economic situation in Europe,” said Michael Fratantoni, MBA’s Vice
President of Research and Economics.  “With mortgage rates reaching
new lows, refinance volume jumped and MBA’s refinance index reached its highest
level in the last six months.  Purchase activity also increased as buyers
returned to the market after the holiday season.”

With
the exception of jumbo loans (with balances over $417,500) interest rates continued
their downward trend. Three of the rates, in fact, hit the lowest level in the
history of the MBA applications survey.  The
jumbo rate – for 30-year fixed-rate (FRM) loans – increased to 4.40 percent
from 4.34 percent with points decreasing to 0.37 from 0.47 point.  The effective rate also increased.

Thirty-year
FRM with conforming (under $417,500) balances hit a new low, decreasing to 4.06
percent with 0.48 point from 4.11 percent with 0.41 point. The effective rate
also decreased.

Rates
for FHA guaranteed 30-year FRM were
at 3.91 percent with 0.59 point, the lowest FHA
rate in the history of MBA’s application survey, down from 3.96 percent with 0.72 point.  The effective rate also decreased from the previous week.

The
third all-time low is the 3.33 percent rate with 0.39 point for the 15-year FRM. 
This was a drop from 3.40 percent with 0.37 point rate the previous week.  The effective rate also decreased.

The
average contract interest rate for 5/1
ARMs was unchanged at the record low 2.90 percent established the previous
week.  Points decreased to 0.45 from 0.49.   The
effective rate also decreased from last week.

All
rates quoted are for 80 percent loan-to-value originations and points include
the application fee.

 MBA’s covers
over 75 percent of all U.S. retail residential mortgage applications, and has
been conducted weekly since 1990.  Respondents include mortgage bankers,
commercial banks and thrifts.  Base period and value for all indexes is
March 16, 1990=100.

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Mortgage Rates Begin Week Holding Steady at Record Lows

After setting new records on Friday, Mortgage Rates
are absolutely flat to start the week.  That means that Best-Execution
remains most appropriately at 3.875% although 3.75% continues to be as close as it’s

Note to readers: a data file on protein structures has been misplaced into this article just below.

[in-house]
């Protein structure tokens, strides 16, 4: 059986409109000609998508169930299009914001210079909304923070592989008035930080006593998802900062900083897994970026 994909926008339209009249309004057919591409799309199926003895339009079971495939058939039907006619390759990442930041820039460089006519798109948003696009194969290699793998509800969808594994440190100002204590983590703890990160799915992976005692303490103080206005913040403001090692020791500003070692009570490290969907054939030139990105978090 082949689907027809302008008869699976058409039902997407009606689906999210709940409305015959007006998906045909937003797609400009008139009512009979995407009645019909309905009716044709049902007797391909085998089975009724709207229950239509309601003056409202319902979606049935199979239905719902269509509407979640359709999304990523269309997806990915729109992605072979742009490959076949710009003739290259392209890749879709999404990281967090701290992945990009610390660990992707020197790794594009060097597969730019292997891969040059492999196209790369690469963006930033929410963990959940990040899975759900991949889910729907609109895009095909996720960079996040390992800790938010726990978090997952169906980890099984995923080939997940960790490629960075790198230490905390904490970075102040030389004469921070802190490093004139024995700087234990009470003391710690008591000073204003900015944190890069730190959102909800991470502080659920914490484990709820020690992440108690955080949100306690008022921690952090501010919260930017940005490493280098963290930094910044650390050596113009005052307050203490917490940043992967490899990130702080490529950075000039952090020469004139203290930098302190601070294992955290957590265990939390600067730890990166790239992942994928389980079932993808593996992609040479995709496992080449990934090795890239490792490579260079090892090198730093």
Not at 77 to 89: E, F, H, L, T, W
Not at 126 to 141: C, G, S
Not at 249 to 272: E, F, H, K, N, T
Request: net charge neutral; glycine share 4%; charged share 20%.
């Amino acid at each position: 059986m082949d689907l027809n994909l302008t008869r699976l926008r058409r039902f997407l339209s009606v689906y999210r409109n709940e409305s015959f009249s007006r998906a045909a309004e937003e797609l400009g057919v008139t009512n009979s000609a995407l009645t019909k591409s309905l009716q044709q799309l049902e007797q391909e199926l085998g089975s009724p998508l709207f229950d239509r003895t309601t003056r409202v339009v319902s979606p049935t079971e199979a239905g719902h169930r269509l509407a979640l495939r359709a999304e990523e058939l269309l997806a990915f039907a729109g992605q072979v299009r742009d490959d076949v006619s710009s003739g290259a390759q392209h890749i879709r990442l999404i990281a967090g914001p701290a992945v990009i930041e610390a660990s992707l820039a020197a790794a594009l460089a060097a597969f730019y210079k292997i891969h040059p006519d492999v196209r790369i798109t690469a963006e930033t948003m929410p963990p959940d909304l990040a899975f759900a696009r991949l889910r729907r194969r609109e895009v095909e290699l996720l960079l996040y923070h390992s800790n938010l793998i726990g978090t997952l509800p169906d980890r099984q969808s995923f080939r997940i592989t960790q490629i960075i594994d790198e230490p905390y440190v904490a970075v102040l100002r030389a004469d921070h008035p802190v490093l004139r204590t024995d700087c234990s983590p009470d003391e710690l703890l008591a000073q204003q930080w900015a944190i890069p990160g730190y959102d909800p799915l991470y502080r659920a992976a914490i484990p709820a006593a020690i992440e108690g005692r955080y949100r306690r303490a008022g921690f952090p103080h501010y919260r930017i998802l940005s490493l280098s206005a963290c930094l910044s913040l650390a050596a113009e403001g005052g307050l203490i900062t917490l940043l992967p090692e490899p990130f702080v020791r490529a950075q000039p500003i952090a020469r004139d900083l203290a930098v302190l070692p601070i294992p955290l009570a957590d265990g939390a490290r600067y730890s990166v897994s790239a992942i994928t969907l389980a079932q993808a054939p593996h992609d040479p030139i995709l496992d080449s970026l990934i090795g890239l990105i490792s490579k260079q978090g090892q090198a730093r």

ever been to getting equal recognition.  Depending on the scenario in
question, lower rates are available and in rare cases, could make
sense. 

If you didn’t catch Friday’s Article, which went into a bit more detail on how we determine “Best-Execution,” it’s worth a read.  But the bottom line is really this: regardless of the actual interest rate levels, there’s no other way to say the following: rates today and Friday are as low as they’ve ever been.  How long will this continue?  There’s no way to know for sure, but we generally advocate a conservative approach with rates at all time lows.  “Conservative” in this sense simply means that history has shown us how quickly record-low rates can disappear.  While we certainly wouldn’t rule out the possibility that rates can improve, we’ve already been experiencing the fact that further gains are hard-fought and take more time than gains seen in the middle of the range. 

Whatever your disposition toward locking vs floating, it makes sense to set yourself a “stop,” of sorts, by deciding on a rate slightly higher than what you’re currently being quoted, at which you’d lock at a loss if the market moves against you.  Locking in such a scenario can prove exceedingly frustrating more often than not as the higher probability eventuality has been for rates to return lower, but this pales in comparison to the potential frustration of rates NOT returning lower.